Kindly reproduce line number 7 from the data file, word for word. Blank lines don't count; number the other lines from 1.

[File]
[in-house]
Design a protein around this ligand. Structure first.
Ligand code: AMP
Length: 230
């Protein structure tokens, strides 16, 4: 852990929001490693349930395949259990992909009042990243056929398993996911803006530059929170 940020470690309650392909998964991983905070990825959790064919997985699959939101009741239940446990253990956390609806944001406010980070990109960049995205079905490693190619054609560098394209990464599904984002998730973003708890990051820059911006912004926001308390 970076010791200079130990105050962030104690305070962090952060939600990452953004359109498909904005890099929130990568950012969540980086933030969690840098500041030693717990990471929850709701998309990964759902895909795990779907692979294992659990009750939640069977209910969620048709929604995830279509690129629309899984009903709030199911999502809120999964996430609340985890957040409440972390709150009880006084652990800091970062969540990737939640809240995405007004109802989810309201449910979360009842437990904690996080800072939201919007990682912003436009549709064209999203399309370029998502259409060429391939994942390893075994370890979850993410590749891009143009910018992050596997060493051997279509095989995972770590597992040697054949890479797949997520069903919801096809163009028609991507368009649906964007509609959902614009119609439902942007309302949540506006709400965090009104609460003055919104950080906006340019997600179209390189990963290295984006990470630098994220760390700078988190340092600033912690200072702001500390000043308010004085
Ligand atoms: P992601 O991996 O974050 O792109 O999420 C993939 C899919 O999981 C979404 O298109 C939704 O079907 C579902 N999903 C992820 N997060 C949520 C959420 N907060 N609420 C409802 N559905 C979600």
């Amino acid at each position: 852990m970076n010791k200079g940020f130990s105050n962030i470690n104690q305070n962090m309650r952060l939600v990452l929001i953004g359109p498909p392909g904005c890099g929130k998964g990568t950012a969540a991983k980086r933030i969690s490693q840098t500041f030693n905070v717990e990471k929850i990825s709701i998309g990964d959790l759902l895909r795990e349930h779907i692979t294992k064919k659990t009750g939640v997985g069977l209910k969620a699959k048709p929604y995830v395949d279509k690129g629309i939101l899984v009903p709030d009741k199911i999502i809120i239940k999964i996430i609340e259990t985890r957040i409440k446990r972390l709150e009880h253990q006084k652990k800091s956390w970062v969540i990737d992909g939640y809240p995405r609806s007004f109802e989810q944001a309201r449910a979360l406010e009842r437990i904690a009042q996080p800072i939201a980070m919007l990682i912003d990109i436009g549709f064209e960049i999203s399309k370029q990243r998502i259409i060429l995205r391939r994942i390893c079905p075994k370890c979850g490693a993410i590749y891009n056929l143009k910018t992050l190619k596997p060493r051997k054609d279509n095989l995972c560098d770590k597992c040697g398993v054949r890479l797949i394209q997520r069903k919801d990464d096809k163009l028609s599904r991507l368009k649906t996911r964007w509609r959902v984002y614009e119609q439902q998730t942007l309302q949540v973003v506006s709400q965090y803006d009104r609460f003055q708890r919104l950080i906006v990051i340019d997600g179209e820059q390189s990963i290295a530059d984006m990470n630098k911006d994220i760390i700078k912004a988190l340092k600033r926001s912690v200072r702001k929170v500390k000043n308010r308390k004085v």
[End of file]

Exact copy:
């Amino acid at each position: 852990m970076n010791k200079g940020f130990s105050n962030i470690n104690q305070n962090m309650r952060l939600v990452l929001i953004g359109p498909p392909g904005c890099g929130k998964g990568t950012a969540a991983k980086r933030i969690s490693q840098t500041f030693n905070v717990e990471k929850i990825s709701i998309g990964d959790l759902l895909r795990e349930h779907i692979t294992k064919k659990t009750g939640v997985g069977l209910k969620a699959k048709p929604y995830v395949d279509k690129g629309i939101l899984v009903p709030d009741k199911i999502i809120i239940k999964i996430i609340e259990t985890r957040i409440k446990r972390l709150e009880h253990q006084k652990k800091s956390w970062v969540i990737d992909g939640y809240p995405r609806s007004f109802e989810q944001a309201r449910a979360l406010e009842r437990i904690a009042q996080p800072i939201a980070m919007l990682i912003d990109i436009g549709f064209e960049i999203s399309k370029q990243r998502i259409i060429l995205r391939r994942i390893c079905p075994k370890c979850g490693a993410i590749y891009n056929l143009k910018t992050l190619k596997p060493r051997k054609d279509n095989l995972c560098d770590k597992c040697g398993v054949r890479l797949i394209q997520r069903k919801d990464d096809k163009l028609s599904r991507l368009k649906t996911r964007w509609r959902v984002y614009e119609q439902q998730t942007l309302q949540v973003v506006s709400q965090y803006d009104r609460f003055q708890r919104l950080i906006v990051i340019d997600g179209e820059q390189s990963i290295a530059d984006m990470n630098k911006d994220i760390i700078k912004a988190l340092k600033r926001s912690v200072r702001k929170v500390k000043n308010r308390k004085v």